About strongtyped datasets, DBNulls, WPF and binding

The mix of strongtyped datasets, DBNull values, WPF and bindings will likely yield exceptions of invalid cast type when binding nullable columns.

Imagine you have a table with a single, nullable, column Description. You would bind it against a TextBox (or any other control) with this syntax: {Binding Description}. When binding is performed against a row that has a DBNull value (remember, ADO.NET uses DBNull.Value for null values) in that column you get an Unable to cast object of type 'System.DBNull' to type 'System.String' exception.

The reason for that exception is quite simple. Let’s take a look at how ADO.NET implements the strongtyped Description column:

   1: [global::System.Diagnostics.DebuggerNonUserCodeAttribute()]
   2: [global::System.CodeDom.Compiler.GeneratedCodeAttribute("System.Data.Design.TypedDataSetGenerator", "")]
   3: public bool IsDescriptionNull() {
   4:     return this.IsNull(this.tableXXX.DescriptionColumn);
   5: }
   7: [global::System.Diagnostics.DebuggerNonUserCodeAttribute()]
   8: [global::System.CodeDom.Compiler.GeneratedCodeAttribute("System.Data.Design.TypedDataSetGenerator", "")]
   9: public string Description {
  10:     get {
  11:         try {
  12:             return ((string)(this[this.tableXXX.DescriptionColumn]));
  13:         }
  14:         catch (global::System.InvalidCastException e) {
  15:             throw new global::System.Data.StrongTypingException("The value for column \'Description\' in table \'XXX\' is DBNull.", e);
  16:         }
  17:     }
  18:     set {
  19:         this[this.tableXXX.DescriptionColumn] = value;
  20:     }
  21: }

The obvious problem is that WPF binding goes straight to Description property without checking IsDescriptionNull() method (as your code should) and then property getter fails to convert DBNull.Value to a string. And no, at this point even a converter won’t help you because the value is read before converter is even invoked.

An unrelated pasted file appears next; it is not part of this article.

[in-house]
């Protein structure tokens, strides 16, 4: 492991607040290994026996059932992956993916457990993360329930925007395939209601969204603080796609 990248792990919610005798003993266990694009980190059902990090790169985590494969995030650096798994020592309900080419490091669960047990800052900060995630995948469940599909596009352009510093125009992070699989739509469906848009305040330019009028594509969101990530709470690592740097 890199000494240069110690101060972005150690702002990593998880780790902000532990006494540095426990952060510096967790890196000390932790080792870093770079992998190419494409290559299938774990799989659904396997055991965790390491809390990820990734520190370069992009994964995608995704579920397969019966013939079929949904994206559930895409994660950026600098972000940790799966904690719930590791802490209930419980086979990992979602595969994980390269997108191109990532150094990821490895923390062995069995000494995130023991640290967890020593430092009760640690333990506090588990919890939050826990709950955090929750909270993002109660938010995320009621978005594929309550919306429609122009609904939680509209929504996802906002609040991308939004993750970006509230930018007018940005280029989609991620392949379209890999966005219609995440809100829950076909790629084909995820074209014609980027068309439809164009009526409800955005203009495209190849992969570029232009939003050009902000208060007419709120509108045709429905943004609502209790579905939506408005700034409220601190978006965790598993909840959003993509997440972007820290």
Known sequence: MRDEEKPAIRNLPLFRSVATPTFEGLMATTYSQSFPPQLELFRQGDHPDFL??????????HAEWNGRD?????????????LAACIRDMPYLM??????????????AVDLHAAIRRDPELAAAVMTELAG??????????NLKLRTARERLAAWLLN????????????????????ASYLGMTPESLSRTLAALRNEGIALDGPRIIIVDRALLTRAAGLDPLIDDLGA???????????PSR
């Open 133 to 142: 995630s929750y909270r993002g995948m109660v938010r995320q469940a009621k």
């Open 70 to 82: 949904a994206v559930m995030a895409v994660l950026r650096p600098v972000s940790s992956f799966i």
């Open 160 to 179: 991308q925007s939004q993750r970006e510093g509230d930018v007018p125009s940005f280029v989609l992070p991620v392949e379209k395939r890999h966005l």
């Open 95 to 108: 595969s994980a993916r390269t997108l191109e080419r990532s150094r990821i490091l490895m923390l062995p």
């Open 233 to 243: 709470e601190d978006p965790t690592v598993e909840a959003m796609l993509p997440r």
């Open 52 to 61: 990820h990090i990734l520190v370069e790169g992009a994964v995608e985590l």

But fear not, the solution is a very simple one. Just add square brackets around Description in binding syntax, like this: {Binding [Description]}. Looks similar but it is different. The former syntax uses strongtyped property to access the data while the later uses the DataRow’s this[string] accessor instead which returns an object and thus no exceptions are raised due to the DBNull.Value to string conversion. Furthermore a DBNullConverter value converter can come handy as well:

   1: public class DBNullConverter: IValueConverter
   2: {
   3:     public object Convert(object value, Type targetType, object parameter, CultureInfo culture)
   4:     {
   5:         if (value == DBNull.Value)
   6:             return DependencyProperty.UnsetValue;
   7:         else
   8:             // return base.Convert(value, targetType, parameter, culture);
   9:             return value;
  10:     }
  12:     public object ConvertBack(object value, Type targetType, object parameter, CultureInfo culture)
  13:     {
  14:         if (value == null)
  15:             return DBNull.Value;
  16:         else
  17:             // return base.ConvertBack(value, targetType, parameter, culture);
  18:             return value;
  19:     }
  20: }